Shell facilities have been attacked in the Niger Delta
A Nigerian court has ordered oil giant Shell's local operation to pay $1.5bn to the Ijaw people of the Delta region.
The Ijaw have been fighting since 2000 for compensation for environmental degradation in the oil-rich region.
They took the case to court after Shell refused to make the payment ordered by Nigeria's parliament.
Ijaw militants have staged a spate of attacks against
Shell facilities recently and are holding seven foreign oil workers
Following the violence, Shell - the biggest oil producer in Nigeria - has halved its output from the country.
Shell says it believes there is no evidence to support the claim, and will appeal against the ruling.
A statement said: "We remain committed to dialogue with the Ijaw people."
Lawyers for the Shell Petroleum Development Company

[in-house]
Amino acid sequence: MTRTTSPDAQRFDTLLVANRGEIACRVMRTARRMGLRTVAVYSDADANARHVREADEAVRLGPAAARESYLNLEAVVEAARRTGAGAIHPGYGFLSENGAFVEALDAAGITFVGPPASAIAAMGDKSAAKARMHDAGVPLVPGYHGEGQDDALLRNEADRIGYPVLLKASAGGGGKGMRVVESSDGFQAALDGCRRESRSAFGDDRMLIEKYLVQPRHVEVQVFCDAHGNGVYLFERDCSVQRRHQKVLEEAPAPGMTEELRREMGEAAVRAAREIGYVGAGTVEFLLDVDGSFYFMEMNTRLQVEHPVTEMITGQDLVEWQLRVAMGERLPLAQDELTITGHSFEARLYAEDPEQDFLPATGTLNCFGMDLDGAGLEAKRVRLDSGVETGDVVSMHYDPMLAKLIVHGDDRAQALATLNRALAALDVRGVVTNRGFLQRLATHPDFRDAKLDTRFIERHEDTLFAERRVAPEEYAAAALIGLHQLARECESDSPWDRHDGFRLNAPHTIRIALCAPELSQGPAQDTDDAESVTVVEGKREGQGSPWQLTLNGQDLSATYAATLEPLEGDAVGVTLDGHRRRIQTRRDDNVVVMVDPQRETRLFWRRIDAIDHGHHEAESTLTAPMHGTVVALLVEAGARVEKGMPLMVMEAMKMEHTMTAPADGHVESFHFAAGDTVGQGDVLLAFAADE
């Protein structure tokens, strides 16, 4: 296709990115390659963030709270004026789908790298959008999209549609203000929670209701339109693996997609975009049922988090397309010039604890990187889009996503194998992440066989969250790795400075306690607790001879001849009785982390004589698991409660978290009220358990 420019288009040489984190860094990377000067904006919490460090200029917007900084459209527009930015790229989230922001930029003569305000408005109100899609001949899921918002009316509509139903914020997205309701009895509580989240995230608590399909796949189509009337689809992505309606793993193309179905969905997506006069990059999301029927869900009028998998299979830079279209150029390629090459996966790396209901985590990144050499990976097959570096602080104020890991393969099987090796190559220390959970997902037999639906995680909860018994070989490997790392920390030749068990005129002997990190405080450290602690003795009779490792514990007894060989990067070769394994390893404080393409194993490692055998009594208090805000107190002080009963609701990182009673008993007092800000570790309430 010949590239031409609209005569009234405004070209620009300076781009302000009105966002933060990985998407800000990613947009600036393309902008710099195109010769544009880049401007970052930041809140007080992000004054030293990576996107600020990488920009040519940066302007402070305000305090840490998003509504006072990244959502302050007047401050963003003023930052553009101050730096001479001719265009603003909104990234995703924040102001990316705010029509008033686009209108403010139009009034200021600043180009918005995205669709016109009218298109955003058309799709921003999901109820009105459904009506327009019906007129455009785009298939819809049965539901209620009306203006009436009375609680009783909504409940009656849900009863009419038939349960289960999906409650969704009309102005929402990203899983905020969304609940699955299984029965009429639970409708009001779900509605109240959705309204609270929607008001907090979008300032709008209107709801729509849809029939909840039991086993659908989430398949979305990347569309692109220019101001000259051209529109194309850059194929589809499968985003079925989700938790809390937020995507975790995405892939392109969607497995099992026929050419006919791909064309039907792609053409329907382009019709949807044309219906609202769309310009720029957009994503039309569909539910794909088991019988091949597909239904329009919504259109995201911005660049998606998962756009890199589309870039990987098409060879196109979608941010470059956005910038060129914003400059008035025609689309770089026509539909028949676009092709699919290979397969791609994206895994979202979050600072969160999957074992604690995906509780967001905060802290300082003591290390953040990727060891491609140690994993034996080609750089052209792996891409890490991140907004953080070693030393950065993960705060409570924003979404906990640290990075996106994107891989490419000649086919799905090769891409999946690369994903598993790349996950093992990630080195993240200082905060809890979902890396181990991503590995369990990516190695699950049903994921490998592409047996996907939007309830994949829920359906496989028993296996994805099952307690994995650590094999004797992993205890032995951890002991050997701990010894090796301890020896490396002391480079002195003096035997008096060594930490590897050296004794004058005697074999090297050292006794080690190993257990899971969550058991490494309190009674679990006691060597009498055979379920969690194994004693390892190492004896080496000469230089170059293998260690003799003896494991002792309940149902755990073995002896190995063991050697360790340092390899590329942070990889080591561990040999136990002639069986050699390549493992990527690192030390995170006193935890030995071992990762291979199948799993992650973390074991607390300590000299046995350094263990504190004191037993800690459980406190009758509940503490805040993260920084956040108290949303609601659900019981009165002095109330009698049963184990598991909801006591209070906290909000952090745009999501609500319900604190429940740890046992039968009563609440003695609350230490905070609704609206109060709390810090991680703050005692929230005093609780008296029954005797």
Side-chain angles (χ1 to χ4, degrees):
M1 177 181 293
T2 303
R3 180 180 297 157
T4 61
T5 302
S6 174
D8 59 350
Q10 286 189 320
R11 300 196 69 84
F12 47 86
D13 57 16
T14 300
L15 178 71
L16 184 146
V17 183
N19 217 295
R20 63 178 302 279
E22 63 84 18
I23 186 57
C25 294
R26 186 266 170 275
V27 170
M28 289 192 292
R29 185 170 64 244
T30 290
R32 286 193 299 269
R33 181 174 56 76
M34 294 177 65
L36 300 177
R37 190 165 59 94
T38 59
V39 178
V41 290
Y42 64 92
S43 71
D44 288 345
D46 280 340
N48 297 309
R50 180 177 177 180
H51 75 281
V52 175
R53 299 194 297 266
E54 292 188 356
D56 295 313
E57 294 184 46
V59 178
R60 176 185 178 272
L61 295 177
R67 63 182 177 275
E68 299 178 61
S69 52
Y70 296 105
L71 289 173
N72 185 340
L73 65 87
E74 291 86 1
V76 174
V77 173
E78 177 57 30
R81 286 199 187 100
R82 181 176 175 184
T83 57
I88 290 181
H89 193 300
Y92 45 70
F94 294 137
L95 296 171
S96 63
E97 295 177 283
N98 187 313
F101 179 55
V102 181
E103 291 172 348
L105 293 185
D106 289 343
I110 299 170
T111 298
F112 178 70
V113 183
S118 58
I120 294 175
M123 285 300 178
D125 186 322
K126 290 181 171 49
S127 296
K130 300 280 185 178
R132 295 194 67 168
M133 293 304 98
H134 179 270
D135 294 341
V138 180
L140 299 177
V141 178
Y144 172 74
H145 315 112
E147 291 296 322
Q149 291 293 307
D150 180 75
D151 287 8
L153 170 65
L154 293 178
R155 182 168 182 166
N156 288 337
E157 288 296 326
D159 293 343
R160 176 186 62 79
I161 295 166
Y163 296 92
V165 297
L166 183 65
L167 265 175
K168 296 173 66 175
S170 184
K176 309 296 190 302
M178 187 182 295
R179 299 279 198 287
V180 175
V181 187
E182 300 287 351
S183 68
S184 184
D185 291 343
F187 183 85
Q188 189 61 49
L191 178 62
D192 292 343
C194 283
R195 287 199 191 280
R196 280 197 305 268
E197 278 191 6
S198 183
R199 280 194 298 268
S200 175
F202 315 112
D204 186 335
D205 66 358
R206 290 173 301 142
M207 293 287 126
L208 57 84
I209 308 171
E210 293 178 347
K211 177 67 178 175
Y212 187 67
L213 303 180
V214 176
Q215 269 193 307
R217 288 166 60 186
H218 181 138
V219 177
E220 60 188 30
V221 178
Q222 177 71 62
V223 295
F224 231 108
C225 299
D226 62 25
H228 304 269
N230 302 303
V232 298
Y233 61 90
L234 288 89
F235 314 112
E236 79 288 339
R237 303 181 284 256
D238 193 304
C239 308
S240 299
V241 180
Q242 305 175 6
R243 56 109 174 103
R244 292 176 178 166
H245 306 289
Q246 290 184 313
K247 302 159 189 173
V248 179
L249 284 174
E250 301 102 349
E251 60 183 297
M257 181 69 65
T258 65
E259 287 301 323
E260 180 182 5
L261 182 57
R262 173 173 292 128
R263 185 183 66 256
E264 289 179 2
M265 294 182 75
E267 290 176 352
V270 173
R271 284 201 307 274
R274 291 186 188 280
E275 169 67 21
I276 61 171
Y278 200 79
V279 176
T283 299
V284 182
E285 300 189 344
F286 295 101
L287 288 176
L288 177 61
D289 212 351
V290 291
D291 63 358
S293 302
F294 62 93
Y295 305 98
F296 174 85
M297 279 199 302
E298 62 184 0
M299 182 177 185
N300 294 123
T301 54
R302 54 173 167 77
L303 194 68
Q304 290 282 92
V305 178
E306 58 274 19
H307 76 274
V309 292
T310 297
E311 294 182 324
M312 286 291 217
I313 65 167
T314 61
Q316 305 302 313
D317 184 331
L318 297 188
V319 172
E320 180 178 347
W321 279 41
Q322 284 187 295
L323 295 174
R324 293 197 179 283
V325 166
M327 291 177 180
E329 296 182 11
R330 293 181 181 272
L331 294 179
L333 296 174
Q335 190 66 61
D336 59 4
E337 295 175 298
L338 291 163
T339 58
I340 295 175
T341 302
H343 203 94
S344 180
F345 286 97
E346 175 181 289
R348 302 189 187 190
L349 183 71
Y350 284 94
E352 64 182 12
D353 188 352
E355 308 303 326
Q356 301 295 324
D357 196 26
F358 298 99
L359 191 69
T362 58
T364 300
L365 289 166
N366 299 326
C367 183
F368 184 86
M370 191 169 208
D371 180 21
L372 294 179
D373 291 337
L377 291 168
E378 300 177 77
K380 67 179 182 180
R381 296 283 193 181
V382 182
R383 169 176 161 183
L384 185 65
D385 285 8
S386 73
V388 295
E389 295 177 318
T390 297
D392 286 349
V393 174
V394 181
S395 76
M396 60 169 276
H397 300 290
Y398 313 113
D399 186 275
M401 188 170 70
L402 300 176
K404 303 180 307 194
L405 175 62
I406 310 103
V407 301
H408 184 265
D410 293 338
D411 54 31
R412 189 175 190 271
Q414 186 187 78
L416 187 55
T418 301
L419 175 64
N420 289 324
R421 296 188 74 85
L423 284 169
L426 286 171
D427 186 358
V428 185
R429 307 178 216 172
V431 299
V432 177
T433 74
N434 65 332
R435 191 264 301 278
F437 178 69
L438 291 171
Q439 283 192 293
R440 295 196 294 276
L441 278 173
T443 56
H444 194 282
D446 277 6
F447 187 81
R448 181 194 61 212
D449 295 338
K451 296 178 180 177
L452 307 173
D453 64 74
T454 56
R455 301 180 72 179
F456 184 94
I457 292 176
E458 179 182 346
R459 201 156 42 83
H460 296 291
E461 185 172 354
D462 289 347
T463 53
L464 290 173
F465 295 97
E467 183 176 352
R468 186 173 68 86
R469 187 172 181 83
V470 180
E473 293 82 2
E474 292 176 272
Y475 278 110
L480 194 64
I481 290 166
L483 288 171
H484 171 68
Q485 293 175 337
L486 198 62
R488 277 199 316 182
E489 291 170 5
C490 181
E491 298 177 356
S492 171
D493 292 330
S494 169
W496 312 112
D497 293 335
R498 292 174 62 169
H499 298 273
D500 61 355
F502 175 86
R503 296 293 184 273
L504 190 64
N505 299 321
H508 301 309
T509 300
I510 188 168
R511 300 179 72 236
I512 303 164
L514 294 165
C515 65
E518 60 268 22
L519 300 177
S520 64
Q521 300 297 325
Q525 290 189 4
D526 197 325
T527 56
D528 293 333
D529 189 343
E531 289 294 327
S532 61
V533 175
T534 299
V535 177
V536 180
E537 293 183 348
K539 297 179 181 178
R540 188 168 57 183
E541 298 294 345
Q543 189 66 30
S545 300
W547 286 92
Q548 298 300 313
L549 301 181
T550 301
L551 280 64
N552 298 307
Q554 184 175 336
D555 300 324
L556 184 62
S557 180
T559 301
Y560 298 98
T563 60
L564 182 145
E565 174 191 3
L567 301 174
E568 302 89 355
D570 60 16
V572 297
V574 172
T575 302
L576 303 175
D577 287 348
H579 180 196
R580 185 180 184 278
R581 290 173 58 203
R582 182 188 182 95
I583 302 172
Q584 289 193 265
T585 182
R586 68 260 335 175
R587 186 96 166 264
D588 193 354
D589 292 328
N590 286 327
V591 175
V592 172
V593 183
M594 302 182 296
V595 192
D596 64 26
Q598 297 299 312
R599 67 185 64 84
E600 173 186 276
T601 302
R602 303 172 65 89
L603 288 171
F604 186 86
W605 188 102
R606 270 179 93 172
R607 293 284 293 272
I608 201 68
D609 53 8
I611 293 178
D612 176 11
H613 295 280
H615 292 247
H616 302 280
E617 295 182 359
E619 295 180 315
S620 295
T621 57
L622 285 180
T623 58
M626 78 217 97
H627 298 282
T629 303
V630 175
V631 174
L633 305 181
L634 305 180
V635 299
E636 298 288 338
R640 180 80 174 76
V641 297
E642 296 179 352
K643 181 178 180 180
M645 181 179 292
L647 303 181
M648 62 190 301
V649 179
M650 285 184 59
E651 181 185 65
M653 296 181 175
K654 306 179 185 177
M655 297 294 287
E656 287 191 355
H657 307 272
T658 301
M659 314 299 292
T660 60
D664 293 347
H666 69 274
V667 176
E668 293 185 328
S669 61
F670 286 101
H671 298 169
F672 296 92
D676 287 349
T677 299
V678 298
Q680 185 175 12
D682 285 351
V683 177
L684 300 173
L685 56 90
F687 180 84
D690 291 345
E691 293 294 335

argued in the federal court in Port Harcourt that the joint committee
of the National Assembly that made the order in 2000 did not have the
power to compel the oil company to make the payment.
But Judge Okechukwu Okeke ruled that since both sides
had agreed to go before the National Assembly, the order was binding on
community leader Ngo Nac-Eteli said that if Shell wanted to buy time by
taking the case to the appeal court, the company would not be allowed
to operate on Ijaw land until the case was settled.
He did not elaborate on how the community would stop Shell's operations.
The BBC's Abdullahi Kaura Abubakar in Port Harcourt
says the case has the support both of community elders and the militant
groups that have been attacking oil installations in the Delta region.
But our correspondent warns that even if the money is
paid, the region would not necessarily be pacified unless the various
groups were happy with how it was distributed.
Nigeria is one of the world's biggest oil exporters but despite its oil wealth, many Nigerians live in abject poverty.